European Union leaders tried to restore some integrity to their group’s name by agreeing early Thursday on new measures to alleviate the continent’s migrant crisis despite deep rifts that have opened up between member nations.
After weeks of name-calling and finger-pointing, the heads of government of the 28 EU countries pledged more than $1 billion toward improving conditions at camps for Syrian refugees in the Middle East, to discourage them from setting out for Europe.
The leaders also agreed to work on better securing the bloc’s perimeter and setting up EU-administered facilities in front-line countries such as Greece and Italy to register and fingerprint new arrivals.
The emergency summit in Brussels lasted nearly seven hours and was conducted in a “better than expected atmosphere,” European Commission President Jean-Claude Juncker said.
But rancor remained over a contentious proposal to resettle 120,000 refugees across the continent, barely a quarter of the total number of asylum seekers who have already crossed into Europe this year. The plan was approved Tuesday by EU government ministers through a rare majority vote rather than the usual consensus, over the angry objections of four Eastern European countries.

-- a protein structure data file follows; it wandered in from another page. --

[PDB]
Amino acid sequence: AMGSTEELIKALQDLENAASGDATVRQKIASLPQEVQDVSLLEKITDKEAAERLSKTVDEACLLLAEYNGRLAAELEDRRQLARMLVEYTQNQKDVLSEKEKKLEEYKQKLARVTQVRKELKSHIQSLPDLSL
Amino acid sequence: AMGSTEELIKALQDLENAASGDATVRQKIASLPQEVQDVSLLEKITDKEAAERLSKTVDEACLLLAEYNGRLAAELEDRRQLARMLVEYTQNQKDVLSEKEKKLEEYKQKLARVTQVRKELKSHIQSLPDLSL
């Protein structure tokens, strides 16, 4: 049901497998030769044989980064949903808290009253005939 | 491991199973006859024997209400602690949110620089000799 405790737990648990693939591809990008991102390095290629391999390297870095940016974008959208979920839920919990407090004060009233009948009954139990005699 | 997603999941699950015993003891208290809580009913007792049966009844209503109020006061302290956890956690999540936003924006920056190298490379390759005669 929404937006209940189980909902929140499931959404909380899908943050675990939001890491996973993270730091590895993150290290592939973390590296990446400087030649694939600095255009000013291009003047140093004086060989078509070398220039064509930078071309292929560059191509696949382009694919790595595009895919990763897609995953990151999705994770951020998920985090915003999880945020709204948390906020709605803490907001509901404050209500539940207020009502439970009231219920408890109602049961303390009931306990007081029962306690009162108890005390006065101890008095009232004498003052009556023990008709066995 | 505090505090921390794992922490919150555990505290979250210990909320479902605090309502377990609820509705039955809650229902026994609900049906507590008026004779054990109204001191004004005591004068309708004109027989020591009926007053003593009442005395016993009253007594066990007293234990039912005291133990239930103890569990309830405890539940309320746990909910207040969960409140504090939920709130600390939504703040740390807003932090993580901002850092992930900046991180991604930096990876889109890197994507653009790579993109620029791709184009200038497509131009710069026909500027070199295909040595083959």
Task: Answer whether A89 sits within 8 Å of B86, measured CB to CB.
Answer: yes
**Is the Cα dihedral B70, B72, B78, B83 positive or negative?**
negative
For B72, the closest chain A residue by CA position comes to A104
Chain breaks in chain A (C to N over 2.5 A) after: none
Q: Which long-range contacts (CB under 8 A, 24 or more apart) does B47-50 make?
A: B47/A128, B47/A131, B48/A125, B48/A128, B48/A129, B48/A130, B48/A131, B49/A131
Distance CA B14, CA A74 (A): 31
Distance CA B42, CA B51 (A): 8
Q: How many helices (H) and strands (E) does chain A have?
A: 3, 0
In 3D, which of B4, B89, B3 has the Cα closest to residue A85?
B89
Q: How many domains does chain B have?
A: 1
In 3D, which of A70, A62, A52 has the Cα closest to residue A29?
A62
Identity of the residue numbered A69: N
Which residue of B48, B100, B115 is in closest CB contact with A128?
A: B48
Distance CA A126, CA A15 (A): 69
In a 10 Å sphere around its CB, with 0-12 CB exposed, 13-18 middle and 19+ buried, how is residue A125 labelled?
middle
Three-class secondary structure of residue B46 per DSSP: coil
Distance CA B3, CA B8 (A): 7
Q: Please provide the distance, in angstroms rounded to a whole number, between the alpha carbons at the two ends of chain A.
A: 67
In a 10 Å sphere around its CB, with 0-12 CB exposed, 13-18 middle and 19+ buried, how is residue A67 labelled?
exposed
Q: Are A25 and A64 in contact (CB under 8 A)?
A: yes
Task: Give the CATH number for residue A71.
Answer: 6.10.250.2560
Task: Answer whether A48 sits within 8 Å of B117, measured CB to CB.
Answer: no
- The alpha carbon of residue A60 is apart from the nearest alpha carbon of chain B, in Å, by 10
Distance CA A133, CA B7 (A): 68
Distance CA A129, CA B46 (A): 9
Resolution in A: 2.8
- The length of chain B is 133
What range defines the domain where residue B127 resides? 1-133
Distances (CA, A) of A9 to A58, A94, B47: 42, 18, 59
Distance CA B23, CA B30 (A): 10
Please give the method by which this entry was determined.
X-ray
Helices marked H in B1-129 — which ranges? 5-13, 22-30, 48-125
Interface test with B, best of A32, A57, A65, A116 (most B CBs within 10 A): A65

Prime Minister Robert Fico of Slovakia has openly vowed to resist the plan, though EU law requires compliance.
“We won’t implement this decision because we think it can’t work,” Fico said Wednesday before the summit. “We always rejected it as nonsense.”
Such defiance elicited a blunt rejoinder from President Francois Hollande of France, one of the EU’s founding nations.
SOURCE: HENRY CHU
The Los Angeles Times